gavelThe D.C. Circuit upheld OSHA's multi-employer citation policy, in a decision yesterday against Summit Contractors Inc.

OSHA cited the company for providing electrical equipment without ground fault circuit interrupters (GFCIs) to its subcontractors in violation of section 1926.404(b)(1)(ii) of OSHA's Electrical Wiring Design and Protection standard. OSHA's multi-employer citation policy provides that an employer may under specified circumstances be cited for violations even if none of its own employees were exposed to the hazard. Summit contested the citation before an Administrative Law Judge (ALJ), who affirmed the citation, as did the Occupational Safety and Health Review Commission (OSHRC), which affirmed the citation on the ground that Summit was a "controlling employer" (because of its authority over the site in general and the electrical equipment in particular) as well as a "creating employer" (because it obtained and supplied the noncompliant equipment).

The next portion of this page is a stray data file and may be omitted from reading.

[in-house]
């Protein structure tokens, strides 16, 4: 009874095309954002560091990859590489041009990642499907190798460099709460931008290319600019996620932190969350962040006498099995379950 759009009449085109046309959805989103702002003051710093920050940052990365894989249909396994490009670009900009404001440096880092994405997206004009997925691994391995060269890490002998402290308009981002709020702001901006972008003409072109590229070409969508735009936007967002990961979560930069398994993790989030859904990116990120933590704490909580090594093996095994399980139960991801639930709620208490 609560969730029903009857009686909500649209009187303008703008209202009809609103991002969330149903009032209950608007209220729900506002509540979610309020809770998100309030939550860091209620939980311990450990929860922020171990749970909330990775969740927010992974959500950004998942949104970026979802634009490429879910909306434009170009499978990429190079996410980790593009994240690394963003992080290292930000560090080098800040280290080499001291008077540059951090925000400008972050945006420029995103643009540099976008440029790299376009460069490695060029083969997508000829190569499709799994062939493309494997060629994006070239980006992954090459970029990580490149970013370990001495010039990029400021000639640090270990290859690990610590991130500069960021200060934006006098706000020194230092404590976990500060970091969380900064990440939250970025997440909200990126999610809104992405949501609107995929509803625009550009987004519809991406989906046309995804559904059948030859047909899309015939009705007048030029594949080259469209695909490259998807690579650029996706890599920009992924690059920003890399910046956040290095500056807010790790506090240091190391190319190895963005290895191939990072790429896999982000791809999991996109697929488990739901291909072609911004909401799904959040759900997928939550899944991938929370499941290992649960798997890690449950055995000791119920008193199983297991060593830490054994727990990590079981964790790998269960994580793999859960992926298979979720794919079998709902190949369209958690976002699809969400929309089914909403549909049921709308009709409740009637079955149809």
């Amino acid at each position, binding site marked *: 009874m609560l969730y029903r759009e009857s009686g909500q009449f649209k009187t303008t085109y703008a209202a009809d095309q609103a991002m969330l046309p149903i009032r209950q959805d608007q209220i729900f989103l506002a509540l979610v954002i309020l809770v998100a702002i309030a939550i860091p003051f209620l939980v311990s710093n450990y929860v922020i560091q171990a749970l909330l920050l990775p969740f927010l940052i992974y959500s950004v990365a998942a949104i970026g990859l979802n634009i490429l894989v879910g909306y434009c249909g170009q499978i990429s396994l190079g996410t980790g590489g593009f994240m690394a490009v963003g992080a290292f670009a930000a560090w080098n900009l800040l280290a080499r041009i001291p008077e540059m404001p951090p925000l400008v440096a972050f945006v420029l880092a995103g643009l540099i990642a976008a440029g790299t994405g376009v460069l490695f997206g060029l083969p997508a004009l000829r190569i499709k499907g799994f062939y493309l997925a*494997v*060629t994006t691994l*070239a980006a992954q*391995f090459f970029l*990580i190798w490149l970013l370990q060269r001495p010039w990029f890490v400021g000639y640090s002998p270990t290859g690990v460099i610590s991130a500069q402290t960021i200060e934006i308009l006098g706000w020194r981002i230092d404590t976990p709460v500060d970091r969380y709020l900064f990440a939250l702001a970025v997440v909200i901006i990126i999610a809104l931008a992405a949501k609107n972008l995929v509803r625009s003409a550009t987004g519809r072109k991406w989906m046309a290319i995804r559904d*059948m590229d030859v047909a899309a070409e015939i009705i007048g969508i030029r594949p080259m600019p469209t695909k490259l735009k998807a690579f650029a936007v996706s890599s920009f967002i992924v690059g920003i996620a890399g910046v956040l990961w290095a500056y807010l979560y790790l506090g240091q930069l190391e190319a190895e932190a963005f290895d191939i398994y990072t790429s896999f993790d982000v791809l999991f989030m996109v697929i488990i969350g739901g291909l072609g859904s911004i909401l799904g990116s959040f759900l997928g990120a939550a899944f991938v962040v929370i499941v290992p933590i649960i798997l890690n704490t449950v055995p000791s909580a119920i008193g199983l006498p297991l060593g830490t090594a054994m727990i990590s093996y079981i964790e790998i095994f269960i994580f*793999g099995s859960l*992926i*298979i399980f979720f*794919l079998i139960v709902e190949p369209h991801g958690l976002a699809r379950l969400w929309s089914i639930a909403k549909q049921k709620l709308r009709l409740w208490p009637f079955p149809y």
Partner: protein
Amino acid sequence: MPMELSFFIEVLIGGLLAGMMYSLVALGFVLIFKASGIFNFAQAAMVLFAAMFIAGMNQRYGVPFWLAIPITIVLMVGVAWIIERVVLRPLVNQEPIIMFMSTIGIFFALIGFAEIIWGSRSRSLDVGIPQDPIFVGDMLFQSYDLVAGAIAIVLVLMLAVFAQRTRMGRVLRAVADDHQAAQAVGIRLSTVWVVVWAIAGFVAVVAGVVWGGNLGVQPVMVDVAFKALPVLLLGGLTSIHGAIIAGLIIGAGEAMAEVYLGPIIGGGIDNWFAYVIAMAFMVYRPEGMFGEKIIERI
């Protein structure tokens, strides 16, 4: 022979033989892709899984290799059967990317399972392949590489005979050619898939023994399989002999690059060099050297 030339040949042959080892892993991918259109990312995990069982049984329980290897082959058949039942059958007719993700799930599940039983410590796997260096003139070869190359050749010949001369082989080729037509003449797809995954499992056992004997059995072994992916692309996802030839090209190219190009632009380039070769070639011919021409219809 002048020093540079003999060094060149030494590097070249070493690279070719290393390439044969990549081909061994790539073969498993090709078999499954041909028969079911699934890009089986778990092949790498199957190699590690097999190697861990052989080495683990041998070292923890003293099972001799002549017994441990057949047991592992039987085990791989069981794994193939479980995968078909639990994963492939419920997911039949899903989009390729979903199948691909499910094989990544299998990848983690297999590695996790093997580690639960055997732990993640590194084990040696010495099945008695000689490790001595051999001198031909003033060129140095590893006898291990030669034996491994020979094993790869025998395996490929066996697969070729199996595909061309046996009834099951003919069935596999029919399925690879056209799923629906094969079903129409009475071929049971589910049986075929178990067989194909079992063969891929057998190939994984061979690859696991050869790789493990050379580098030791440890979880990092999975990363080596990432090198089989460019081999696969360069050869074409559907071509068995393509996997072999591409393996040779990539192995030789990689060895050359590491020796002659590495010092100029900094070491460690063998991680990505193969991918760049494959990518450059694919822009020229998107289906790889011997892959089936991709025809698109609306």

The D.C. Circuit ruled that OSHA was not required to promulgate through notice and comment rulemaking its multi-employer citation policy and could impose multi-employer liability through adjudication before the OSHRC. The Court also rejected Summit's claim that multi-employer liability establishes a common law duty of care to subcontractor employees in violation of section 4(b)(4) of the OSH Act. Last, the Court found substantial evidence supported OSHRC's determination that Summit had constructive knowledge of the violation. Summit required its subcontractors to use the non-compliant equipment but failed to take reasonable steps, such as specifying or inspecting for GFCIs, to ascertain compliance.